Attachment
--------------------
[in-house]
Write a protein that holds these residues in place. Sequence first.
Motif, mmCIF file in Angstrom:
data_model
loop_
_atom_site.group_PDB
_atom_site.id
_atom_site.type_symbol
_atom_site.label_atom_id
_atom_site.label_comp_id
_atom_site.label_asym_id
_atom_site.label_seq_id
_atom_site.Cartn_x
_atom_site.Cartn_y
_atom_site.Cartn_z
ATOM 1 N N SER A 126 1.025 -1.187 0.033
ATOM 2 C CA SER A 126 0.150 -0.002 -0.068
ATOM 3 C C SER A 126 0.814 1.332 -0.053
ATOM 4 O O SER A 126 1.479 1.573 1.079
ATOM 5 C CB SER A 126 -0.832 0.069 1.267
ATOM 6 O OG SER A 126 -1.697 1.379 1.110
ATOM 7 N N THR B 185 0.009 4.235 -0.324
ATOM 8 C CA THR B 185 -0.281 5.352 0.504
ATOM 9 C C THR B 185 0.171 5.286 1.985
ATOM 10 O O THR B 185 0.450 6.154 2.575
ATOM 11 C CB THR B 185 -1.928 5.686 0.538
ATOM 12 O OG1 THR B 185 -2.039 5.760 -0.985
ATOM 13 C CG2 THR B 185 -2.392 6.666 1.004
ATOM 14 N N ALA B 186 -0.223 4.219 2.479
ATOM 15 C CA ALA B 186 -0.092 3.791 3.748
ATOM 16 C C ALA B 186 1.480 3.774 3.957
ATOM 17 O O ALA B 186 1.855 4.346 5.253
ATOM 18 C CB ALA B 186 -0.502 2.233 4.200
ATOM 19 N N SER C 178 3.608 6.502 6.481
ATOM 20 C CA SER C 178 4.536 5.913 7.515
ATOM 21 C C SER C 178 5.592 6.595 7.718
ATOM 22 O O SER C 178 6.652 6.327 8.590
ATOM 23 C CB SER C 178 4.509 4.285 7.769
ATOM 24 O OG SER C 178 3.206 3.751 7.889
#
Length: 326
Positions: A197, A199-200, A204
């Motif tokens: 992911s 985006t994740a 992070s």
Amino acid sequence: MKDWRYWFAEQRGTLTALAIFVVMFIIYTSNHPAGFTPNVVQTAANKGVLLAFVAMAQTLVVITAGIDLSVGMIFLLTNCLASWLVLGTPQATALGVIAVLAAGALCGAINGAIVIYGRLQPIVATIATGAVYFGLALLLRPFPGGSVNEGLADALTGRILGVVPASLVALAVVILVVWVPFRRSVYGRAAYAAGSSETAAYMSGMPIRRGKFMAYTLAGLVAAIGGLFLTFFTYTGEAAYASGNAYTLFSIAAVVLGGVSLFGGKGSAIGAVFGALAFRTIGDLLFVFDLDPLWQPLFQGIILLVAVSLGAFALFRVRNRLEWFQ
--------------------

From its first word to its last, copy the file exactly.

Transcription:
[in-house]
Write a protein that holds these residues in place. Sequence first.
Motif, mmCIF file in Angstrom:
data_model
loop_
_atom_site.group_PDB
_atom_site.id
_atom_site.type_symbol
_atom_site.label_atom_id
_atom_site.label_comp_id
_atom_site.label_asym_id
_atom_site.label_seq_id
_atom_site.Cartn_x
_atom_site.Cartn_y
_atom_site.Cartn_z
ATOM 1 N N SER A 126 1.025 -1.187 0.033
ATOM 2 C CA SER A 126 0.150 -0.002 -0.068
ATOM 3 C C SER A 126 0.814 1.332 -0.053
ATOM 4 O O SER A 126 1.479 1.573 1.079
ATOM 5 C CB SER A 126 -0.832 0.069 1.267
ATOM 6 O OG SER A 126 -1.697 1.379 1.110
ATOM 7 N N THR B 185 0.009 4.235 -0.324
ATOM 8 C CA THR B 185 -0.281 5.352 0.504
ATOM 9 C C THR B 185 0.171 5.286 1.985
ATOM 10 O O THR B 185 0.450 6.154 2.575
ATOM 11 C CB THR B 185 -1.928 5.686 0.538
ATOM 12 O OG1 THR B 185 -2.039 5.760 -0.985
ATOM 13 C CG2 THR B 185 -2.392 6.666 1.004
ATOM 14 N N ALA B 186 -0.223 4.219 2.479
ATOM 15 C CA ALA B 186 -0.092 3.791 3.748
ATOM 16 C C ALA B 186 1.480 3.774 3.957
ATOM 17 O O ALA B 186 1.855 4.346 5.253
ATOM 18 C CB ALA B 186 -0.502 2.233 4.200
ATOM 19 N N SER C 178 3.608 6.502 6.481
ATOM 20 C CA SER C 178 4.536 5.913 7.515
ATOM 21 C C SER C 178 5.592 6.595 7.718
ATOM 22 O O SER C 178 6.652 6.327 8.590
ATOM 23 C CB SER C 178 4.509 4.285 7.769
ATOM 24 O OG SER C 178 3.206 3.751 7.889
#
Length: 326
Positions: A197, A199-200, A204
């Motif tokens: 992911s 985006t994740a 992070s």
Amino acid sequence: MKDWRYWFAEQRGTLTALAIFVVMFIIYTSNHPAGFTPNVVQTAANKGVLLAFVAMAQTLVVITAGIDLSVGMIFLLTNCLASWLVLGTPQATALGVIAVLAAGALCGAINGAIVIYGRLQPIVATIATGAVYFGLALLLRPFPGGSVNEGLADALTGRILGVVPASLVALAVVILVVWVPFRRSVYGRAAYAAGSSETAAYMSGMPIRRGKFMAYTLAGLVAAIGGLFLTFFTYTGEAAYASGNAYTLFSIAAVVLGGVSLFGGKGSAIGAVFGALAFRTIGDLLFVFDLDPLWQPLFQGIILLVAVSLGAFALFRVRNRLEWFQ